Due to ongoing climate changes, it’s not a surprise that microplastics are making their way into ocean water. While the microplastics are responsible for disrupting ocean ecology, researchers have found a new coral species, Astrangia poculata which prefers to eat microplastic over normal food.
“Plastics keep interrupting the conversation, and it’s hard to ignore,” Rotjan said about the latest finding to National Geographic. “You pick your ecosystem, you pick your organism, and you are most likely going to find microplastics.”
The researchers’ latest discovery came as they collected Astrangia poculata coral from the coast of Rhode Island to understand the effects of microplastics on corals. As the corals are living near an urban area, the scientists thought they would be polluted by microplastics. After analyzing the samples, researchers found that each coral contained more than 100 fibers.
After this, the scientists presented microplastic beads and natural (shrimp eggs) food in the ocean. Interestingly, the researchers found almost twice as much microbeads than brine shrimp eggs inside each coral. In another experiment, scientists placed the microbeads in seawater to cover them with a biofilm. While the polyps or single coral swallowed the microbeads, the polyps spit the beads out after two days. However, all of the polyps that consumed the microbeads died inside two weeks.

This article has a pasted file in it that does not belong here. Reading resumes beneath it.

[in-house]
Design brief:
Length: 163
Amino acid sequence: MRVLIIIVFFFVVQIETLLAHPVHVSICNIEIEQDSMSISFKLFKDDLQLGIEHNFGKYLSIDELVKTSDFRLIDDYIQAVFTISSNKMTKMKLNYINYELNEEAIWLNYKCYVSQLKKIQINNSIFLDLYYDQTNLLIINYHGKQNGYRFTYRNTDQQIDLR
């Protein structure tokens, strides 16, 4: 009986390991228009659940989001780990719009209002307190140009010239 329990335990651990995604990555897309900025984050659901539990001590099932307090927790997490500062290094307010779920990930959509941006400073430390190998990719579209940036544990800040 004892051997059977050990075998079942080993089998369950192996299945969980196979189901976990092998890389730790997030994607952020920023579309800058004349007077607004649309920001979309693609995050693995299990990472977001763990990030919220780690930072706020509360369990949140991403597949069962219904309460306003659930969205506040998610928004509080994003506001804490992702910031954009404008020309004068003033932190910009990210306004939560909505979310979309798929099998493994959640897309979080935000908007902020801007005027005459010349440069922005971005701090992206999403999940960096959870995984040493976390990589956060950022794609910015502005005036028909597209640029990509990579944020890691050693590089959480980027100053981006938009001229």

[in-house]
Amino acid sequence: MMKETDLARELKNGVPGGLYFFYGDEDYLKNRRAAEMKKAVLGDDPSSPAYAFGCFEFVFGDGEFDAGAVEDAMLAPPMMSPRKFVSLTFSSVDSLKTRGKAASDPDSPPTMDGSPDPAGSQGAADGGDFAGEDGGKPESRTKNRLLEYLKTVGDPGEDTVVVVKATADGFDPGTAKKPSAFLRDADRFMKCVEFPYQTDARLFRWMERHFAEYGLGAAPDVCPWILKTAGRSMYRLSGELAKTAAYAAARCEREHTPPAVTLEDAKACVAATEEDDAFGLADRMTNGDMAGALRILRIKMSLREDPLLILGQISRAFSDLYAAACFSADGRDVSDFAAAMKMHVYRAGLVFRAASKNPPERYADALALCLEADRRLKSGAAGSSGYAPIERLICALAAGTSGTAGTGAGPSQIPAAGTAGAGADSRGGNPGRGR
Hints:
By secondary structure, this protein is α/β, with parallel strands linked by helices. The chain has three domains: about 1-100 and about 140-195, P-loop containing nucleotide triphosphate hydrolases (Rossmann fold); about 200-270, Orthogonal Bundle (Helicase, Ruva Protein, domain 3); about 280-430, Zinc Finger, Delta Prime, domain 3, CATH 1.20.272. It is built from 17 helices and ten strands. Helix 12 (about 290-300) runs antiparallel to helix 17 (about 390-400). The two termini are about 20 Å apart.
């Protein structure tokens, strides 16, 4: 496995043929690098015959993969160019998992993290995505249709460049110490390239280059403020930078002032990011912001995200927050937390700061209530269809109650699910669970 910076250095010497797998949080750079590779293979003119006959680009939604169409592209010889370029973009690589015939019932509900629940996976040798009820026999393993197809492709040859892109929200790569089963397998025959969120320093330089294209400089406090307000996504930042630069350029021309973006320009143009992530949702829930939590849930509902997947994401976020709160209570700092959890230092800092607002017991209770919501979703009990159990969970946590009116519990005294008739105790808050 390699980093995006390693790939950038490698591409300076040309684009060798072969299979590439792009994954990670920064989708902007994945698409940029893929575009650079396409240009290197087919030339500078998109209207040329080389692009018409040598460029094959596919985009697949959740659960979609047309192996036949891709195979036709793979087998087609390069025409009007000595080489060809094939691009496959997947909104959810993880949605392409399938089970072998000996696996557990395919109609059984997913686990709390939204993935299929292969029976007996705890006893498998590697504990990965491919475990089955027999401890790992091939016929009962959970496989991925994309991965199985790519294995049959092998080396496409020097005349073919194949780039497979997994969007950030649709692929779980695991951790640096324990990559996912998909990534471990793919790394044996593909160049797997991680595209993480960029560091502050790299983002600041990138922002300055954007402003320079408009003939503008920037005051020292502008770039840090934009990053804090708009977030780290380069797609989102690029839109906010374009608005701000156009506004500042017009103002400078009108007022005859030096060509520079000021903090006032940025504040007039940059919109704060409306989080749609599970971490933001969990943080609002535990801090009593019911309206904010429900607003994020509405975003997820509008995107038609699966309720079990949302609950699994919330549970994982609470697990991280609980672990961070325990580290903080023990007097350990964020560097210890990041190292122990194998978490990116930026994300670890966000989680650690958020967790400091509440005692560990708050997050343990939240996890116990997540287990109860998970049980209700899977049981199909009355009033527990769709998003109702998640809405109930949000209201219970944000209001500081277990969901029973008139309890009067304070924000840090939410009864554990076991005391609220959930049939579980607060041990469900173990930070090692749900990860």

The researchers expect that the latest findings, published in the journal Proceedings of the Royal Society B, will warn everyone about the possible effects of bacterial infection in ocean water.